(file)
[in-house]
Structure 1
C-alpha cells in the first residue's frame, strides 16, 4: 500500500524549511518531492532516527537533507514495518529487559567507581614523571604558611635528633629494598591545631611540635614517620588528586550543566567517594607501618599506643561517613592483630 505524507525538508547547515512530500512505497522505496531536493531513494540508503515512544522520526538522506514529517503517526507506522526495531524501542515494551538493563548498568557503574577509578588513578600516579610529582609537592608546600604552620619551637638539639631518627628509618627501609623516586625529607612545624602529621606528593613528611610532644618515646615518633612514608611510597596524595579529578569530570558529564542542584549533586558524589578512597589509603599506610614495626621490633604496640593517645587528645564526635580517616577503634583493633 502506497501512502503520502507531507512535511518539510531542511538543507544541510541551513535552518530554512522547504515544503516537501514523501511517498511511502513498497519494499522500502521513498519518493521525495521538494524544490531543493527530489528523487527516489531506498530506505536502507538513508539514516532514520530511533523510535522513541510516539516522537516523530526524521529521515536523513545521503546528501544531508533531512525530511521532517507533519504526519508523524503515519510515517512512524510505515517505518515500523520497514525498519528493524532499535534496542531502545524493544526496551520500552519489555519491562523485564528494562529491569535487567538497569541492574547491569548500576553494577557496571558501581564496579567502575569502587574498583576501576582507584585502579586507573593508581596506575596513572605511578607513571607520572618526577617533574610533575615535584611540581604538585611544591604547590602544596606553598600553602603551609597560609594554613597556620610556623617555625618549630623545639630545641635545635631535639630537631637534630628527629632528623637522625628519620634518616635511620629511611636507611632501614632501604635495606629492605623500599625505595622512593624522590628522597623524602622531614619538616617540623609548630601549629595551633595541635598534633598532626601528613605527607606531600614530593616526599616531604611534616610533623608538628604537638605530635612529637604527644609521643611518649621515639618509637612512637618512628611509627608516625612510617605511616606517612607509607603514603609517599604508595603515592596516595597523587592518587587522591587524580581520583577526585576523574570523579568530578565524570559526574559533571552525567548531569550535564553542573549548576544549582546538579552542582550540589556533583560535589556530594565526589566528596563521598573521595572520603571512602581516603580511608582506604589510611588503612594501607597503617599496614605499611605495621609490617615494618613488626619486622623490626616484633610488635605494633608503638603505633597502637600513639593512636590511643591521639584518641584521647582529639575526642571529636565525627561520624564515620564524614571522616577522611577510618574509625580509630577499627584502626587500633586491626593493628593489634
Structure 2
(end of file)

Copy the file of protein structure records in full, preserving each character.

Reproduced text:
[in-house]
Structure 1
C-alpha cells in the first residue's frame, strides 16, 4: 500500500524549511518531492532516527537533507514495518529487559567507581614523571604558611635528633629494598591545631611540635614517620588528586550543566567517594607501618599506643561517613592483630 505524507525538508547547515512530500512505497522505496531536493531513494540508503515512544522520526538522506514529517503517526507506522526495531524501542515494551538493563548498568557503574577509578588513578600516579610529582609537592608546600604552620619551637638539639631518627628509618627501609623516586625529607612545624602529621606528593613528611610532644618515646615518633612514608611510597596524595579529578569530570558529564542542584549533586558524589578512597589509603599506610614495626621490633604496640593517645587528645564526635580517616577503634583493633 502506497501512502503520502507531507512535511518539510531542511538543507544541510541551513535552518530554512522547504515544503516537501514523501511517498511511502513498497519494499522500502521513498519518493521525495521538494524544490531543493527530489528523487527516489531506498530506505536502507538513508539514516532514520530511533523510535522513541510516539516522537516523530526524521529521515536523513545521503546528501544531508533531512525530511521532517507533519504526519508523524503515519510515517512512524510505515517505518515500523520497514525498519528493524532499535534496542531502545524493544526496551520500552519489555519491562523485564528494562529491569535487567538497569541492574547491569548500576553494577557496571558501581564496579567502575569502587574498583576501576582507584585502579586507573593508581596506575596513572605511578607513571607520572618526577617533574610533575615535584611540581604538585611544591604547590602544596606553598600553602603551609597560609594554613597556620610556623617555625618549630623545639630545641635545635631535639630537631637534630628527629632528623637522625628519620634518616635511620629511611636507611632501614632501604635495606629492605623500599625505595622512593624522590628522597623524602622531614619538616617540623609548630601549629595551633595541635598534633598532626601528613605527607606531600614530593616526599616531604611534616610533623608538628604537638605530635612529637604527644609521643611518649621515639618509637612512637618512628611509627608516625612510617605511616606517612607509607603514603609517599604508595603515592596516595597523587592518587587522591587524580581520583577526585576523574570523579568530578565524570559526574559533571552525567548531569550535564553542573549548576544549582546538579552542582550540589556533583560535589556530594565526589566528596563521598573521595572520603571512602581516603580511608582506604589510611588503612594501607597503617599496614605499611605495621609490617615494618613488626619486622623490626616484633610488635605494633608503638603505633597502637600513639593512636590511643591521639584518641584521647582529639575526642571529636565525627561520624564515620564524614571522616577522611577510618574509625580509630577499627584502626587500633586491626593493628593489634
Structure 2